Donald: A new National Philosophy

The mariner has spent too many hours watching news outlets, campaign speeches, debates, and press articles. After a while, he felt he had lost his way in the pursuit of what Donald actually represents and how, in a general way, he will change the political philosophy of the United States. Donald pumps out so much egotistical junk and has a homiletic style that appeals to unsophisticated audiences; trying to glean small pieces of genuine intent and interpreting nuances requires time and a lot of useless rhetoric.

Nevertheless, mariner believes he has parsed a difference between the established power block that controls national policy and the proposed national policy presented, albeit obfuscated, by Donald. A few assumptions must be accepted:

  1. The current economic policy promoted by the oligarchy (primarily republicans) is investment. The personal profit model is to go where the fastest and largest return on investment can be found. This has led to mass emigration of large corporations and large investments from banks to other countries where taxes, labor and environmental practices are less expensive. NAFTA is an obvious illustration of how the Federal Government supported the investment model.
  2. There is a disconnect between what the Federal Government says about unemployment percentages and wage increases. Millions of Americans have and still continue to suffer from an unequal distribution of profits – the largest percentage by far going to the “top one percent.” Further, computerization is wiping out thousands of careers that used to be part of the employment picture. Last, the majority of 2008 recession victims have not recovered.

Donald, sans rhetoric, has proposed the following:

  1. He will impose tariffs to offset the advantage of businesses relocating to Mexico and other countries under the NAFTA agreement or otherwise relocating outside the US (several Big Pharma companies moving to Ireland for the tax break).
  2. He will neutralize trade imbalances with several Pacific nations, including China. This may be an extreme adjustment leading to isolation of the US market but it reflects a key preference in Donald’s approach: Business is more important than investment. Part of his “Make America Great” approach is to reconstitute the business model that “made America great” in the postwar, late century era before the banks and investment firms were able to merge (overturn of Glass/Steagall by Clinton and Greenspan 1994) and insert trillions of dollars into the investment economy.
  3. He will, in some budget model unperceived at this moment, make Medicare the health care system that replaces Obamacare but will allow each state to apply regulations individually. In line with this, he will erase state-by-state health insurance competition. He contends this will allow competition to reduce premiums; the majority of those in the industry suggest this approach will greatly reduce the quality of health policies.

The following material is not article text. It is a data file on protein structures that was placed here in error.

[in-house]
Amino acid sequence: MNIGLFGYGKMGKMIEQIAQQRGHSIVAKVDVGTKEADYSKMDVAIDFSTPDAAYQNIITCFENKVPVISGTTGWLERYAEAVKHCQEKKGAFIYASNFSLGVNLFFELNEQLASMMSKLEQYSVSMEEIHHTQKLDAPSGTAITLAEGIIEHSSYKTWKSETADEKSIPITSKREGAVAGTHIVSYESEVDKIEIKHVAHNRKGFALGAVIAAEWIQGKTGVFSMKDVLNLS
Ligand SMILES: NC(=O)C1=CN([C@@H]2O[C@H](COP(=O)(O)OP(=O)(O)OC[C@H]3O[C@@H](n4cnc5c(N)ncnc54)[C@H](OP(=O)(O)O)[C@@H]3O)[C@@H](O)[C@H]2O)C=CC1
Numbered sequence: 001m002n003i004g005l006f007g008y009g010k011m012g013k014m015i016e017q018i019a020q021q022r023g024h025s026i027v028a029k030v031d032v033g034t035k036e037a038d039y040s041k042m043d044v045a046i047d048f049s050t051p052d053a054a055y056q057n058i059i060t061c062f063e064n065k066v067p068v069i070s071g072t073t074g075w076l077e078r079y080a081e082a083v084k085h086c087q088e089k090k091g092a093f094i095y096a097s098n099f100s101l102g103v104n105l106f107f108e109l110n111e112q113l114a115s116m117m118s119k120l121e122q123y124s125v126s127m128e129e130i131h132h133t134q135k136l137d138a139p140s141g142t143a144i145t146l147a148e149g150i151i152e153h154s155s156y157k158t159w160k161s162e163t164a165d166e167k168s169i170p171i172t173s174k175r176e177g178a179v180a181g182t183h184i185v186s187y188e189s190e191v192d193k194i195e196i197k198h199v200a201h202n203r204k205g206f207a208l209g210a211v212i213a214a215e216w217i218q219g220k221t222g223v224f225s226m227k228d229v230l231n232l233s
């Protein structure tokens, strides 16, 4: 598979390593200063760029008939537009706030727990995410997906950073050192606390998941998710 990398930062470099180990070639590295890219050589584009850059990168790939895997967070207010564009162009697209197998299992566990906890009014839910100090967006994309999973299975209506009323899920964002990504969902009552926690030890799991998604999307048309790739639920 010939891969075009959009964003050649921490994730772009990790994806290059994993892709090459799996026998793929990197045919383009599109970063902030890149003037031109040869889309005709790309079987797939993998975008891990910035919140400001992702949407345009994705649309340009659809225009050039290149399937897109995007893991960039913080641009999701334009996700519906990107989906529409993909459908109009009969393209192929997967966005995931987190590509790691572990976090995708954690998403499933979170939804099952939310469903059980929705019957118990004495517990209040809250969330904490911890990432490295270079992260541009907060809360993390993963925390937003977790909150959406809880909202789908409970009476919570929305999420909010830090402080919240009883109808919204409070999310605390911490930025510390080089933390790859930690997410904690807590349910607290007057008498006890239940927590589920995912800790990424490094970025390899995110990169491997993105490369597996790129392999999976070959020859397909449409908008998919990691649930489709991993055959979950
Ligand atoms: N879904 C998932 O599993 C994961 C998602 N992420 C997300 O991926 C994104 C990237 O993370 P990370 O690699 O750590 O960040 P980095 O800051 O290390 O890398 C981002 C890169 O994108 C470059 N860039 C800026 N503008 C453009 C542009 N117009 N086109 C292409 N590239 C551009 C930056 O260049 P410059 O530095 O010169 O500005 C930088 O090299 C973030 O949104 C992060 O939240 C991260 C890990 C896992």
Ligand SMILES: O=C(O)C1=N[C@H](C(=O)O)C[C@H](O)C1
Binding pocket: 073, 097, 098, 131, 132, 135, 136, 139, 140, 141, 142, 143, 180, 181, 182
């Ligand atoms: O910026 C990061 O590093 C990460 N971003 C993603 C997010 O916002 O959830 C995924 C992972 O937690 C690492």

4. He will, in a yet to be clarified manner, do something about incarceration. He has not been clear about how this will happen but it is a frequent plank in his speeches.
  5. Finally, his outrageous claims regarding racial issues are more for his republican followers than may be possible in fact. His rhetoric on race works well because the Republican Party also is prejudiced. In the long run, he cannot afford to abandon non-whites if he wants to supplant the establishment philosophy.

Given the time invested, this is not much. However, to the mariner, these bits and pieces put together imply an economic model based on business rather than investment. Donald may even require banks to invest in US business and, via tax changes, make it less profitable for banks or anyone to invest outside the US.

Donald is not a conservative. He is an opportunist. Whether liberal or conservative, he will leverage populist popularity to assure his own power in the political environment. There is a danger to his simplistic solutions to overturn the establishment model. First, he may inadvertently put the US in an isolationist position vis-a-vis other nations. Second, his bombastic style will cause many inflammatory relationships with important countries and likely will not diminish military conflict.

Vote for Donald at your own risk.

REFERENCE SECTION

°Nate Silver’s website, 538.com, has a projection tool called The Swingomatic the reader can manipulate to see what it would take to change blue states to red or vice versa. The variables are five sections of the population: college educated white, non college educated white, black, Hispanic/Latino, and Asian/other. The reader can adjust the number of votes and party to see what it would take to change the party inclination for the Electoral vote. While there, scroll down to the descriptions of the sections. Rather astute.

°On matters of managing the Ancient Mariner website, the email relationship has been troublesome. In an effort to remove large numbers of spammers, many subscribers also were eliminated. To resubscribe, assume you are a new subscriber; your old ID and password no longer exist.

Another path is to use RSS – an option in the right column near the bottom.

Ancient Mariner

 

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